This year is a treasured year in our country and for Irish people everywhere. Easter sees the centenary celebrations of the 1916 Rising. In fact, it forms part of a decade of centenaries. I, like many, have been very moved by the amount of publications, the hours of programming that have coincided to mark this 1916 centenary. It is only right and proper that such a centenary should be marked and celebrated. Such celebrations are happening at a time when politicians of all political hues and persuasions are in talks around forming a government. The election is over; we have chosen those who will represent us in this the 32nd Dáil and it is incumbent on every member to play their part in doing what is best for our country at this time. Just as we look back to those who fought and died to establish the political system we have become accustomed to, we must also look forward beyond 1916, beyond Easter Sunday and Easter Monday to those we entrust with leadership of our country one hundred years after the Rising.
My late father often commented that “Easter is early”, or “Easter is late” – it was all to do with the growth of grass, the growth of crops, the work of our Creator God. But do we know why Easter is early or late? Who or what decides the date? We must go back to one of the Church Councils in Nicea in 325AD which set the date for Easter as the Sunday following the first full moon after the spring equinox. An equinox is when the sun shines directly on the equator and the length of night and day are nearly equal. This year the spring equinox fell on Sunday, March 20th last at 4.30am. The first full moon was on Spy Wednesday night – March 23rd. The Sunday that follows Spy Wednesday is Easter Sunday, giving us this year’s date – March 27th, 2016. One of the saints closely associated with the faith story of our diocese, St. Laserian or Molaise of Old Leighlin, travelled to Rome as part of a delegation which eventually led to a uniformity within the Christian world regarding when Easter fell.
Easter 2016 falls within the embrace of ‘The Year of Mercy’ inaugurated by Pope Francis last December. Easter and Mercy are two sides of the one coin. Who would be the one to discover the empty tomb? Who would run in and find the cloth discarded? Who would be the one to encourage the emerging church rising from the shrapnel of Holy Week – Peter. Peter the denier becomes Peter the unifier. Peter understood mercy, Peter epitomized mercy. “Merciful like the Father”, a bit like the revisionist’s view of 1916; some of us have missed the full impact of this mercy message. We must be merciful like the Father, and if the Father and Son are one, then those words from Gethsemane must ring in all our ears: “Father, forgive them, for they know not what they are doing”(1) , and the promise to the good thief: “this day you will be with me in paradise”(2) . If we were merciful we too could crack open the tombs of stubbornness, of anger, of isolation that trap too many in 2016.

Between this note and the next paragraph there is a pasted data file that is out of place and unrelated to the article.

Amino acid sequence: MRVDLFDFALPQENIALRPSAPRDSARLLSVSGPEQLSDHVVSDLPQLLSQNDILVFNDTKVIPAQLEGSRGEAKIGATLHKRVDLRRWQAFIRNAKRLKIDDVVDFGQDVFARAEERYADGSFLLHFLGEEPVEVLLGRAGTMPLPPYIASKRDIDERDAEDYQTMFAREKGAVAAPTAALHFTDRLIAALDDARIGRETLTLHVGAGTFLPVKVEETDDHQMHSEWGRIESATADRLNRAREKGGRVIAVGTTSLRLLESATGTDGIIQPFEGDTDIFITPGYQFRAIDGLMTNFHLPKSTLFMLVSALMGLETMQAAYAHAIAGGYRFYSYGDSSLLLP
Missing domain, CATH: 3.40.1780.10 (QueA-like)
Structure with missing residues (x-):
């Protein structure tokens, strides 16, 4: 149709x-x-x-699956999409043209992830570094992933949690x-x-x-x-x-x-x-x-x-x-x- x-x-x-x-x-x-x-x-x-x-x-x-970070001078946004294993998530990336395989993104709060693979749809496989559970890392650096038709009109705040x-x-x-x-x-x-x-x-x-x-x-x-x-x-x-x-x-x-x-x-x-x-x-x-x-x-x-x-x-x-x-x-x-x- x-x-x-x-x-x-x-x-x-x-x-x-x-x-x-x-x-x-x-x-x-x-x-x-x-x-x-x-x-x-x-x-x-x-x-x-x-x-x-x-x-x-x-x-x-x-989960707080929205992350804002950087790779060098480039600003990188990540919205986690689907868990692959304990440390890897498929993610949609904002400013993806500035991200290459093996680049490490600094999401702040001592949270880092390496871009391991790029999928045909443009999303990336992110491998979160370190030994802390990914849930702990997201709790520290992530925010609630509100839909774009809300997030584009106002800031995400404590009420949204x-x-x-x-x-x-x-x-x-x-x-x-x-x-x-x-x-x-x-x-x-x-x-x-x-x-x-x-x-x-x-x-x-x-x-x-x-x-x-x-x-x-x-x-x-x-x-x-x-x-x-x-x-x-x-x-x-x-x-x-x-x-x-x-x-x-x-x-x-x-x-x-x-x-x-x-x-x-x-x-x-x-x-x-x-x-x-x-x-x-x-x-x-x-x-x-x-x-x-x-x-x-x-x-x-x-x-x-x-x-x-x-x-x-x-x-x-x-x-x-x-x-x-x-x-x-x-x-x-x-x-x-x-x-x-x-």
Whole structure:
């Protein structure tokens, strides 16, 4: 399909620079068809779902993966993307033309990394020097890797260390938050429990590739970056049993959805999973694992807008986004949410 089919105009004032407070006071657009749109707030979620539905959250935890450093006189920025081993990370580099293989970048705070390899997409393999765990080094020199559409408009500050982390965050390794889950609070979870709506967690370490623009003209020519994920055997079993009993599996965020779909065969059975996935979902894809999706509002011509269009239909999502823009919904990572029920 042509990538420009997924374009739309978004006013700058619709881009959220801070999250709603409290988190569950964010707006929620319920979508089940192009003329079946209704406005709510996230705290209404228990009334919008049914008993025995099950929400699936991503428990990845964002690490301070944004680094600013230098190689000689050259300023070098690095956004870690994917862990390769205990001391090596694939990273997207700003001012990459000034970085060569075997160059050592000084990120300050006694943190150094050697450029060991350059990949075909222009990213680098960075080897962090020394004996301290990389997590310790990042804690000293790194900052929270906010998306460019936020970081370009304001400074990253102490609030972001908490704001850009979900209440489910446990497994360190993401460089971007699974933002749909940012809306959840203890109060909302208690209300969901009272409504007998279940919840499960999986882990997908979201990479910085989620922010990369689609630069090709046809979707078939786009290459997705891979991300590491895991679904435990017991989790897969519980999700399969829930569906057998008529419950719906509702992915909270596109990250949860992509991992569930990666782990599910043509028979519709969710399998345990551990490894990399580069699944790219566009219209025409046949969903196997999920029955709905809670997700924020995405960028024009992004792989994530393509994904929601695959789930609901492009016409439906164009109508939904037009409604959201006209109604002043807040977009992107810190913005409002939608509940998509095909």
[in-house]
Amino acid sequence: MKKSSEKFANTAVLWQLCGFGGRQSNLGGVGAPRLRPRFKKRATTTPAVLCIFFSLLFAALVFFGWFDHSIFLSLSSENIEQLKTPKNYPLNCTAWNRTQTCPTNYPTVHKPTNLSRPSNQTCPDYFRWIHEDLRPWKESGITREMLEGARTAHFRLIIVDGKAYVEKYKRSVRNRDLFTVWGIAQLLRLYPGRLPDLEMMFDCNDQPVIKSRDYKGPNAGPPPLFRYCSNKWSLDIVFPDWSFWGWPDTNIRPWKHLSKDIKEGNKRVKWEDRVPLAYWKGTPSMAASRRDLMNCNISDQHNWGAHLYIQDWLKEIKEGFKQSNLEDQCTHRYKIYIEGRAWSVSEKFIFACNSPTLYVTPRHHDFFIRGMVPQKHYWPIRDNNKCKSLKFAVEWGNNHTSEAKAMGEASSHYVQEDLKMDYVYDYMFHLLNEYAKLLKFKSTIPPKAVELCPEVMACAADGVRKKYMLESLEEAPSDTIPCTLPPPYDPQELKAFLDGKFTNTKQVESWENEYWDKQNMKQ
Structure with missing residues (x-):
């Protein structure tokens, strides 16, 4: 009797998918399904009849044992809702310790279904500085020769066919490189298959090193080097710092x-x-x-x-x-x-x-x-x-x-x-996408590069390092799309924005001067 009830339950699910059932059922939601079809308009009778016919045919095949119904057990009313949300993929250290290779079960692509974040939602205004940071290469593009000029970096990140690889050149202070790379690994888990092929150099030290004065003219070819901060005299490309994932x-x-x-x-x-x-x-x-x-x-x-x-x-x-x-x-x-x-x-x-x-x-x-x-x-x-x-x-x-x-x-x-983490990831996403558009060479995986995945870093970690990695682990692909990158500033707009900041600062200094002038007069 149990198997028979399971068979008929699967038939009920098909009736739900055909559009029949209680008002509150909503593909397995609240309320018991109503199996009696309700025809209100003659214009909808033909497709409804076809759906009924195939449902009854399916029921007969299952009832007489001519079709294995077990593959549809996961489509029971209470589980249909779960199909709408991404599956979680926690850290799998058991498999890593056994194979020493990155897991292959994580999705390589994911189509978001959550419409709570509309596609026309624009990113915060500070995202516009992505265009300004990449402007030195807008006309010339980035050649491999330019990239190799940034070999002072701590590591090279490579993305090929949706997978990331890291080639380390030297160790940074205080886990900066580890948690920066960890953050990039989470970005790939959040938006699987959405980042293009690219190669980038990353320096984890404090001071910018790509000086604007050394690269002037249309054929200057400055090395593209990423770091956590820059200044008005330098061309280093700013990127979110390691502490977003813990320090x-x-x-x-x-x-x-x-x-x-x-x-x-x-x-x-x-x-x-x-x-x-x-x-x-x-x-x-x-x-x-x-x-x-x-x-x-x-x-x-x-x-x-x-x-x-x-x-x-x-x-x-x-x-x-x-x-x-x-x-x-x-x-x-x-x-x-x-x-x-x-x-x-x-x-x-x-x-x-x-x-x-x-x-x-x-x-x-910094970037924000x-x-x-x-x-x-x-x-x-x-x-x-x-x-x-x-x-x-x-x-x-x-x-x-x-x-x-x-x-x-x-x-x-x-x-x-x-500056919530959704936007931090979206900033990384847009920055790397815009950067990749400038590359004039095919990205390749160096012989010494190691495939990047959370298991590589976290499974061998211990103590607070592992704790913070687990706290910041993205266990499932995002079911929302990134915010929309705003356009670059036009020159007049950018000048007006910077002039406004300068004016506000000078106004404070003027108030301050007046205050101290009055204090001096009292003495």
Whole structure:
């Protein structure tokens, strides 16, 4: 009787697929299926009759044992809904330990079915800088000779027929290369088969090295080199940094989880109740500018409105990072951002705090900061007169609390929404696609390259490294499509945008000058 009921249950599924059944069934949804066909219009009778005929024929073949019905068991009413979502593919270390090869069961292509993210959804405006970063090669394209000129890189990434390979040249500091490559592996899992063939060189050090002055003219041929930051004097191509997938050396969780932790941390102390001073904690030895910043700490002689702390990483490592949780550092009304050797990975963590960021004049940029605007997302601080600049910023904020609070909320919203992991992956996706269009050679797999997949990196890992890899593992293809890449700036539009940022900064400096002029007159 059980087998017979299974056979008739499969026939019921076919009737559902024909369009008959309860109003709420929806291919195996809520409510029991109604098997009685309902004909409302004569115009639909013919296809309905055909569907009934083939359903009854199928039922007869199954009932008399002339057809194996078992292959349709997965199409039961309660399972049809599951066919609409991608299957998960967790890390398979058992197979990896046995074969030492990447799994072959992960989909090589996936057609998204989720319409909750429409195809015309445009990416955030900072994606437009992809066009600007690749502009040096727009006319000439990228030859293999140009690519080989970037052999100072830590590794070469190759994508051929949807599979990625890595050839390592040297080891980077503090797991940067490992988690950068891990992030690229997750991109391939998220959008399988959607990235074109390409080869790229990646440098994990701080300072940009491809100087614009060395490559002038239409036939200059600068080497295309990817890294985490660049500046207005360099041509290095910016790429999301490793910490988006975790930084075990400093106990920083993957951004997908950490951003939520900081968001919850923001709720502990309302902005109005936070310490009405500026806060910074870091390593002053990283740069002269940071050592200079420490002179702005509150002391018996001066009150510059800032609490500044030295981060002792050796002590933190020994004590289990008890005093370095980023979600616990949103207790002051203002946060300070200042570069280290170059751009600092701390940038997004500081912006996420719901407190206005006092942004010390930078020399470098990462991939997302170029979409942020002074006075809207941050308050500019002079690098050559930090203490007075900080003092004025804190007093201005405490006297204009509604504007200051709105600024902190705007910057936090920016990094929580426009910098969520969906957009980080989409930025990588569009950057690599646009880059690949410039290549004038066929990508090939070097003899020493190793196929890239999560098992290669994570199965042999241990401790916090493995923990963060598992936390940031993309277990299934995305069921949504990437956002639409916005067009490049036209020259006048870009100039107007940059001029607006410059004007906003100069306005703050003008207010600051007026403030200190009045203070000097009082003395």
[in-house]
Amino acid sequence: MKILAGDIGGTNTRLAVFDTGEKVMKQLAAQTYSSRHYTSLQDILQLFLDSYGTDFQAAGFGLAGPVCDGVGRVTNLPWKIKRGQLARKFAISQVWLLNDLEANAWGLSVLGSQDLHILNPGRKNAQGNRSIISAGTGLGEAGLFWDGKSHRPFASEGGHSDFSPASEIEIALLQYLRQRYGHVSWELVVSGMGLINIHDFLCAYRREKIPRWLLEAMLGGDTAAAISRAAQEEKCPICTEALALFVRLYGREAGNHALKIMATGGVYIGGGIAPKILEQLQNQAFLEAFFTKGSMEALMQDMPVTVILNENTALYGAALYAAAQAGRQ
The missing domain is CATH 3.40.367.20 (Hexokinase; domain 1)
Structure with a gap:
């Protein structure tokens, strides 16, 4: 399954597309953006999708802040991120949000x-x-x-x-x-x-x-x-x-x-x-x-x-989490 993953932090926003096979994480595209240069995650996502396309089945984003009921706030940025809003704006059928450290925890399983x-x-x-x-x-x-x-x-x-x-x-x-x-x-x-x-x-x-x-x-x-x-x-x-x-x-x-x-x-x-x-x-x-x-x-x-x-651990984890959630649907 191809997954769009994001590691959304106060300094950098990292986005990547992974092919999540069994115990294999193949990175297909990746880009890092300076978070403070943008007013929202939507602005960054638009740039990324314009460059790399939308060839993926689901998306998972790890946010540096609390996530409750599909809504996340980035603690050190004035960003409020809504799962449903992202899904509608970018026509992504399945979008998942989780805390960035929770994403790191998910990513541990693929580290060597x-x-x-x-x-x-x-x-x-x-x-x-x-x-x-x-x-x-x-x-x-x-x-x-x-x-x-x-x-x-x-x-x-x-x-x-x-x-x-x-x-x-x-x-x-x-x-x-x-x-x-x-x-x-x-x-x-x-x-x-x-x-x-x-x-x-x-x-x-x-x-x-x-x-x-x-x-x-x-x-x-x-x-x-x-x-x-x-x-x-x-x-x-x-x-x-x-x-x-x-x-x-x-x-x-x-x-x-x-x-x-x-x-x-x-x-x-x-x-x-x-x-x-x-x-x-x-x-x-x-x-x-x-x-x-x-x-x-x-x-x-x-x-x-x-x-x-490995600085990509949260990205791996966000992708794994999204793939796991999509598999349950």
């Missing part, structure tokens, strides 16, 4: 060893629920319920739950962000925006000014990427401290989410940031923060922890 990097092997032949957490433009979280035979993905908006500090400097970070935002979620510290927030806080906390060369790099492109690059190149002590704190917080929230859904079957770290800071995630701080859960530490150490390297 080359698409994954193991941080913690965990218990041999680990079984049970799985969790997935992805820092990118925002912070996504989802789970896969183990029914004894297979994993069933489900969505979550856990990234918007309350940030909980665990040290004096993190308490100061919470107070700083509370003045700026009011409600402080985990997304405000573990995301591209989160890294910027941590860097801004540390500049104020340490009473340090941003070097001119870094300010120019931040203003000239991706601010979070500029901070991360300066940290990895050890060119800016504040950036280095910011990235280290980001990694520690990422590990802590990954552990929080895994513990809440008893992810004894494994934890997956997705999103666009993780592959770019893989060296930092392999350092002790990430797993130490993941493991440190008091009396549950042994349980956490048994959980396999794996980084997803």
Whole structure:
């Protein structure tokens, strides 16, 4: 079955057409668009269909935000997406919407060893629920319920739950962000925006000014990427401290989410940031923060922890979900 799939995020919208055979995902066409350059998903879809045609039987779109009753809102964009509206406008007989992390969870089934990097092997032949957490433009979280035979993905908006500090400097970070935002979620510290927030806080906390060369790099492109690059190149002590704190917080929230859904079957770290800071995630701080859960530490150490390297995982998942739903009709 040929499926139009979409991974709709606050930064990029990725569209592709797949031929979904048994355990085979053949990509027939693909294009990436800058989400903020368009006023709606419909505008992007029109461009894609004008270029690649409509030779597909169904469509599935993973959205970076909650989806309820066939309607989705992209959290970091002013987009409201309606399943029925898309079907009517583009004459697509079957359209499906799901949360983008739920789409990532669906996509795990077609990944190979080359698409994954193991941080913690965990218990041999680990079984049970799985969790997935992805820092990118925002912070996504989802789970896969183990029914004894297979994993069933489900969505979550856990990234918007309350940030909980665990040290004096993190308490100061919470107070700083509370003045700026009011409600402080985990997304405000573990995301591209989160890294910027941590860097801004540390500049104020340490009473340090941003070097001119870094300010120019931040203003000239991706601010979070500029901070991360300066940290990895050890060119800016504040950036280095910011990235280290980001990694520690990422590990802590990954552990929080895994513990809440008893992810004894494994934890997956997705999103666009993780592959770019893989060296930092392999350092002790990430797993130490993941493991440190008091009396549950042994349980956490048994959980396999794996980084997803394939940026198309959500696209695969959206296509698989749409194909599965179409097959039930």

Returning to our centenary celebrations and indeed the recent success of ‘Proclamation Day’. Standing on a wintry March afternoon in Dr. Cullen Park, Carlow, O’Moore Park in Portlaoise, St. Conleth Park in Newbridge or even Croke Park or the Aviva Stadium, my prayer and hope is when the National Anthem is played, that all of us would know and sing “Amhrán na bhFiann”. Is it too much to ask? I think if we collectively set upon this task we would make a huge contribution to remembering the events of 1916 while celebrating the shared values of 2016. I love the line: “seantír ár sinsir feasta ní fhágfar fén tiorán ná faoin tráill” which translates as “no more our ancient land shall shelter the despot or the slave”. May Easter allow us to open our empty tombs and offer shelter to the migrant, the refugee, the homeless, those in direct provision – by doing this we will live the Easter Message, a message that has mercy as its core. I wish all of you every blessing, grace and joy this Easter morning.
(1) Lk. 23:34
(2) Lk. 23:43